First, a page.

Spaces: Annabelle Selldorf + Philip Johnson: Jill Stuart's home in the Urban Glass House

. Sunday, November 1, 2009

Jill Stuart has assembled an impressive collection of 20th Century furnishings, harmonious with living in an iconic building by a grandmaster of 20th Century architecture. Works include: matching Florence Knoll Sofas, a Gabriella Crespi coffee table, and Gio Ponti lamp by Fontana Arte, a Gio Ponti Superleggera chair, a Gio Ponti console with a Maison Charles lucite and stainless steel stool, Thonet Le Corbusier dining chairs, and a Poul Kjaerholm daybed.

From the article:

"Those seeking tranquillity rarely look to New York City to supply it. Yet fashion designer Jill Stuart, known for flirty dresses favored by celebrities such as Kate Bosworth, Leighton Meester, and Hilary Swank, found exactly that in her serene SoHo penthouse.

Stuart and Ronald Curtis, her husband and the CEO of her eponymous clothing company, traded Upper East Side classicism for downtown minimalism two years ago: a full floor in the Urban Glass House, a striking 12-story apartment building that was legendary architect Philip Johnson’s last project before his death. The sun-drenched space comfortably accommodates the couple and their daughters Morgan, 21; Chloe, 18; and Sophie, 13, with six bedrooms and five bathrooms, while more than six dozen floor-to-ceiling windows and a 2,000-square-foot terrace offer 360-degree views of downtown Manhattan and the Hudson River. “It’s very quiet up here, like an oasis,” Stuart says. “I love how I can look out the window and see the Statue of Liberty or relax in my bathtub and watch boats go by. That’s true peace.”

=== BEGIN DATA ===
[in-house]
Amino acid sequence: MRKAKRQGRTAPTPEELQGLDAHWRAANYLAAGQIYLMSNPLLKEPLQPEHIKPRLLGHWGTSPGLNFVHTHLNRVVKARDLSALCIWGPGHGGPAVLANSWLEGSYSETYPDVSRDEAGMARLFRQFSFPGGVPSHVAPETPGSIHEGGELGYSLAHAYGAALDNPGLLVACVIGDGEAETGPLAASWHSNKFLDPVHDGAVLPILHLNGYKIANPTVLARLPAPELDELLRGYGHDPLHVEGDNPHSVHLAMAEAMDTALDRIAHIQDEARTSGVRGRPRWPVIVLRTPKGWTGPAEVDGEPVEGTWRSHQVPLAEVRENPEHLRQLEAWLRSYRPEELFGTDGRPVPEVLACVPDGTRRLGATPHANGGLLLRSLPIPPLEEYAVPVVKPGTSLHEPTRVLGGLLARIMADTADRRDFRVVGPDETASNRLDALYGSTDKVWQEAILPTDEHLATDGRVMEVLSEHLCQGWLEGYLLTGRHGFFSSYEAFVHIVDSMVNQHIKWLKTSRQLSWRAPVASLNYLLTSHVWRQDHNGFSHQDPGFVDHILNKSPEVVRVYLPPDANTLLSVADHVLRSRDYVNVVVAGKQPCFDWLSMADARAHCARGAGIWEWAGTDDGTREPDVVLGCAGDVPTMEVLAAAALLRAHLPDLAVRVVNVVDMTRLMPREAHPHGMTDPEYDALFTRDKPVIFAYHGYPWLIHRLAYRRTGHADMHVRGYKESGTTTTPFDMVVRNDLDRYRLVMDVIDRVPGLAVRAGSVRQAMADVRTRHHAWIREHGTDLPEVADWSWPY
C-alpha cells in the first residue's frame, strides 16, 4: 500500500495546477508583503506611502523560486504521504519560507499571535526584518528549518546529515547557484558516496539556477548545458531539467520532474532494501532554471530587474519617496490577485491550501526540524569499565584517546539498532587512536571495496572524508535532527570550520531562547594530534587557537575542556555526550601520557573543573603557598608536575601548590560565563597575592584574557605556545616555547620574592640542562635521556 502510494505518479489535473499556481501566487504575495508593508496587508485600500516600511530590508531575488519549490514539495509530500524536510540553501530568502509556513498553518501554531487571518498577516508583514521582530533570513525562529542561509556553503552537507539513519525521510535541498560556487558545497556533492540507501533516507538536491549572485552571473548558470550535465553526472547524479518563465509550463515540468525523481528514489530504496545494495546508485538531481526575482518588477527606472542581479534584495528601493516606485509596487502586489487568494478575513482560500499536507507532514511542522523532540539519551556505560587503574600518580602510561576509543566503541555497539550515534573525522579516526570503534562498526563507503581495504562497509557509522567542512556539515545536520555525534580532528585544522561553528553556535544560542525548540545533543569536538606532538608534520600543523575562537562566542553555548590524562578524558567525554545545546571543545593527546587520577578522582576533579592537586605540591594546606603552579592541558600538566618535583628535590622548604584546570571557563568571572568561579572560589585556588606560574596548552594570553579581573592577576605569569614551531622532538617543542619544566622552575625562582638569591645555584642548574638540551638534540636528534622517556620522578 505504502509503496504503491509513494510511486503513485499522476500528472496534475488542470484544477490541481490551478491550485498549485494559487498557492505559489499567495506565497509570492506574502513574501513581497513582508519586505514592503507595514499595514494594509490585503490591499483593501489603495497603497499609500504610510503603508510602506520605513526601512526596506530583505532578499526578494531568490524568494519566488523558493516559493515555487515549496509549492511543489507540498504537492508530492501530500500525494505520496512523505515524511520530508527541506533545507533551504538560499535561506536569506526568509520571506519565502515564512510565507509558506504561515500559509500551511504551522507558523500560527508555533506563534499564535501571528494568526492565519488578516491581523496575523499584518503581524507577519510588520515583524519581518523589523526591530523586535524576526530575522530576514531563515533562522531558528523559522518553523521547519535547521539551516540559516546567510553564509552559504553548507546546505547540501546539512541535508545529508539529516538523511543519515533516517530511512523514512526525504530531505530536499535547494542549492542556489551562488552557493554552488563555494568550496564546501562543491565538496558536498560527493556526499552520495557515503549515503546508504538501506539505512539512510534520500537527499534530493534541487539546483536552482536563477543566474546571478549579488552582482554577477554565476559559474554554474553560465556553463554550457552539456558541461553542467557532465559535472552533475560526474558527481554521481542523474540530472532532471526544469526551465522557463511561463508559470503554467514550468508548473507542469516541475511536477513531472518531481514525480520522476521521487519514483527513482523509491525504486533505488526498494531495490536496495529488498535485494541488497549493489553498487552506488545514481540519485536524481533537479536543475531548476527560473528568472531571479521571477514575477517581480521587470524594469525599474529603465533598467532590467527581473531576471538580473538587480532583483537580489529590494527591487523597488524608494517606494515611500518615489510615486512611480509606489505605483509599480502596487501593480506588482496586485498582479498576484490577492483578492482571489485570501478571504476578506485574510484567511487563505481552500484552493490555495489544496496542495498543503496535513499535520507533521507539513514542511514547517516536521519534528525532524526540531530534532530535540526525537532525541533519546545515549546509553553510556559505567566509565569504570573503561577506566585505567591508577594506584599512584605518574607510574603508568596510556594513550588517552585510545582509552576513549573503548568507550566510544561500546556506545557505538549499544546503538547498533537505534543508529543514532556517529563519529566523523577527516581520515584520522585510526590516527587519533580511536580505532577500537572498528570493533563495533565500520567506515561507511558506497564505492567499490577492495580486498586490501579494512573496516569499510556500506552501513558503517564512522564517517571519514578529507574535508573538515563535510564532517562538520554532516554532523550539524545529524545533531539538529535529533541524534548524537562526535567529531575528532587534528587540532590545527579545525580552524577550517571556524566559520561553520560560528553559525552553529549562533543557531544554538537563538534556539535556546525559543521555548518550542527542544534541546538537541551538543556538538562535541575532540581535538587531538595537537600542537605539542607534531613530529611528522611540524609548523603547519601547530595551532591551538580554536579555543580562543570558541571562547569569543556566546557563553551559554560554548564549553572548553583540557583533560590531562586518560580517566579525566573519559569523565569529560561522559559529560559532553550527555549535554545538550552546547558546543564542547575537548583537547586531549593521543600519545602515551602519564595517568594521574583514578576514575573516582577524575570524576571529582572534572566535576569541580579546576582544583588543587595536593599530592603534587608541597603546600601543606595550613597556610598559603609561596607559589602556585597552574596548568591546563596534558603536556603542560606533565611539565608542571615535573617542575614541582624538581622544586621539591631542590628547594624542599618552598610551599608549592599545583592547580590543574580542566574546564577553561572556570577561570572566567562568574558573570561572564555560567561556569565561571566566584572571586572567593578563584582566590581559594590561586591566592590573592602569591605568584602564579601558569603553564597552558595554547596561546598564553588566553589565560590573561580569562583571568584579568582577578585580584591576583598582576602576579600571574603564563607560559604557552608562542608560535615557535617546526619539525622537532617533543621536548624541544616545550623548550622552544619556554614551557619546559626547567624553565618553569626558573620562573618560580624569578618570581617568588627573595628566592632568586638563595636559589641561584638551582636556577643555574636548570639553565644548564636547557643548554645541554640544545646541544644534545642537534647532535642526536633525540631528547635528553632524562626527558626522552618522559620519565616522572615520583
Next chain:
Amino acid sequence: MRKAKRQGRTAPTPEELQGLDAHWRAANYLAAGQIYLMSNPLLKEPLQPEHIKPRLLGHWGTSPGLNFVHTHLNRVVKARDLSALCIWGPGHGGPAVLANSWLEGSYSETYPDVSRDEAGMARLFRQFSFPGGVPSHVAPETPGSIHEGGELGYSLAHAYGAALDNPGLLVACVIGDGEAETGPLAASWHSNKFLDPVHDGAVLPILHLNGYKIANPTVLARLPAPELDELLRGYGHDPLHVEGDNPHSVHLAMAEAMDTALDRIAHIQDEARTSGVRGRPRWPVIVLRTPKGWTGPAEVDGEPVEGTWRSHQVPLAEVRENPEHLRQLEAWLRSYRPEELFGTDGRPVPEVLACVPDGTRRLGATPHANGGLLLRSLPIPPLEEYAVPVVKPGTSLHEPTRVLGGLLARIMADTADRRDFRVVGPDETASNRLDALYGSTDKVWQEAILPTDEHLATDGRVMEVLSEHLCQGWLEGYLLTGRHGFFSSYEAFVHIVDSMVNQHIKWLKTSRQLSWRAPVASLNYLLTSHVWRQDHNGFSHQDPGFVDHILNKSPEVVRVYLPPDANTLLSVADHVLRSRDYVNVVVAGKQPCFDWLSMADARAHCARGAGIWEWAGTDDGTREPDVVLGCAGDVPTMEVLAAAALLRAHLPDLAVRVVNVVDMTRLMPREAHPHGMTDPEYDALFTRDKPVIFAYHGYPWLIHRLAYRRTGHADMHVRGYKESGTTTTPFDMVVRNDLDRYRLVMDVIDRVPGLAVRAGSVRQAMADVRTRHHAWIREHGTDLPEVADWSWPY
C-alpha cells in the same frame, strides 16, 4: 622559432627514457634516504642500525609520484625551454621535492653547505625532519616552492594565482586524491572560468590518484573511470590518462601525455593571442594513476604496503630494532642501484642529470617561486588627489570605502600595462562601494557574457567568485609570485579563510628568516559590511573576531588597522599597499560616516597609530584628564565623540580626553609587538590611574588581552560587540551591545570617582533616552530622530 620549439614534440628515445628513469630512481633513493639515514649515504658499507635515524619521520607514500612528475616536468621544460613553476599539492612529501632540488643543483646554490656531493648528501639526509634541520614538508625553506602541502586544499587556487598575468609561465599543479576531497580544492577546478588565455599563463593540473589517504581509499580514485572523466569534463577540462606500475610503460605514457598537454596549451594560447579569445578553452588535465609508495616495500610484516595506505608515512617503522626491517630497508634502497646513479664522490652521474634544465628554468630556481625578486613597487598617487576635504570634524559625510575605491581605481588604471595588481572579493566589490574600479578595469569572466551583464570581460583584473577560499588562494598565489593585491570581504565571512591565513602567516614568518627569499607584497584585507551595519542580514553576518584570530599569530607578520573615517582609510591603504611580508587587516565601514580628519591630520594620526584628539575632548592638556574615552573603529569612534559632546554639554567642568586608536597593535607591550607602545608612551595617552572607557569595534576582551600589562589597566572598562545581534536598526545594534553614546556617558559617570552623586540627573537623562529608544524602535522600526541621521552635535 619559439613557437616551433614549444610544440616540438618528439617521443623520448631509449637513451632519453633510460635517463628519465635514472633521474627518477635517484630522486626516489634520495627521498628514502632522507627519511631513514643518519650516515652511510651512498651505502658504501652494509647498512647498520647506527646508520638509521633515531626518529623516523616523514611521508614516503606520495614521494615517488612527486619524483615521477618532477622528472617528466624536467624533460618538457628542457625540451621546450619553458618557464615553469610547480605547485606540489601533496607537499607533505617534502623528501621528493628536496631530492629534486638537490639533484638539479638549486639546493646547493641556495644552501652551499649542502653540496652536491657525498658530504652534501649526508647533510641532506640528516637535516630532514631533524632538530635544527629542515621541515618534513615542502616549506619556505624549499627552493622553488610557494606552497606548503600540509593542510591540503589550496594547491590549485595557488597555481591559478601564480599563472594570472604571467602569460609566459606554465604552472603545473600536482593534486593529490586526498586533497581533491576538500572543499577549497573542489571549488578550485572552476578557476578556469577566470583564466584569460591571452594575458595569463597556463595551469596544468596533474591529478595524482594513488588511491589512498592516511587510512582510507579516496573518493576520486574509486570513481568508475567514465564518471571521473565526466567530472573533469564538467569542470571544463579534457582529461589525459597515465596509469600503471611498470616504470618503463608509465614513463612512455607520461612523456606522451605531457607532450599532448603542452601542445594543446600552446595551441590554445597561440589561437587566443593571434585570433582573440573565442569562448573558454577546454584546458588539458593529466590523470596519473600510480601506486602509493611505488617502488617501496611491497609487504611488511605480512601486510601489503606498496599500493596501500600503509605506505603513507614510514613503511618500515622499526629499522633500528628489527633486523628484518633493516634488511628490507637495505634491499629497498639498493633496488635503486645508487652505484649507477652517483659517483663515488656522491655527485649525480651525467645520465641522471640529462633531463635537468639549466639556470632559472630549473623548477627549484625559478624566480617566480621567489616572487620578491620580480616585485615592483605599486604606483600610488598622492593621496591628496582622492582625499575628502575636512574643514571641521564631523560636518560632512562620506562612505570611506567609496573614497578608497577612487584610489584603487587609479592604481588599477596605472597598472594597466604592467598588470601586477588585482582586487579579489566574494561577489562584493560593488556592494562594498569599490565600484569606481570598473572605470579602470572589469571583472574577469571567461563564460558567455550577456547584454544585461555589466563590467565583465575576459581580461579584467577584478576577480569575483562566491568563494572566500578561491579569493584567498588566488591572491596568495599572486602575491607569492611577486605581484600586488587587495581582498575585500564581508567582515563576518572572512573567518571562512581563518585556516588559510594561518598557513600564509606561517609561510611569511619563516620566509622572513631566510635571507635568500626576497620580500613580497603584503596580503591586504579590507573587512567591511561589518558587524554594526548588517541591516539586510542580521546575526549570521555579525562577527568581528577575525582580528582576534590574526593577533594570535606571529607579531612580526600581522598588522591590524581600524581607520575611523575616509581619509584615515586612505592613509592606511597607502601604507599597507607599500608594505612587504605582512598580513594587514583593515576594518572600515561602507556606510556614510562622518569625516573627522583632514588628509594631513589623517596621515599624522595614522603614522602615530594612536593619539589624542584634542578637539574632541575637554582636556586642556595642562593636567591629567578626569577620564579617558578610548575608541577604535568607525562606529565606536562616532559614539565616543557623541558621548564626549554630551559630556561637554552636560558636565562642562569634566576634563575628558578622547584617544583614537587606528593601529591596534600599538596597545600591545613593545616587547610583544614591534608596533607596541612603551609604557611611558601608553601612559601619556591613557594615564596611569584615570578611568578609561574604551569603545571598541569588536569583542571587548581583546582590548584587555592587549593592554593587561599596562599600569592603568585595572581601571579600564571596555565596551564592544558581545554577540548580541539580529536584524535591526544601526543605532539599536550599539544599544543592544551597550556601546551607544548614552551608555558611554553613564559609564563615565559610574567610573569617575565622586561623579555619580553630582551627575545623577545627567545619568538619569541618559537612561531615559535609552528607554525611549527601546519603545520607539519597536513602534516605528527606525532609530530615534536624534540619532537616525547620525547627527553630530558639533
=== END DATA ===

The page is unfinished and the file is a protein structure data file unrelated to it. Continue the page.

Stunning vistas aside, the couple was lured by the expansive layout of the top-floor retreat. The distance from the media room across to the dining room runs a loftlike 67 feet. “We saw countless apartments in Manhattan, and what was really great about this one was its horizontal configuration,” says Curtis, who preferred it to the narrower multifloor places they considered. Annabelle Selldorf, the noted New York City–based architect who executed the interior design for the building, concurs. “It has a very nice flow,” she says. “You’re in one coherent space. It’s never schizophrenic.”

Photography by Simon Upton.

Via Elle Decor


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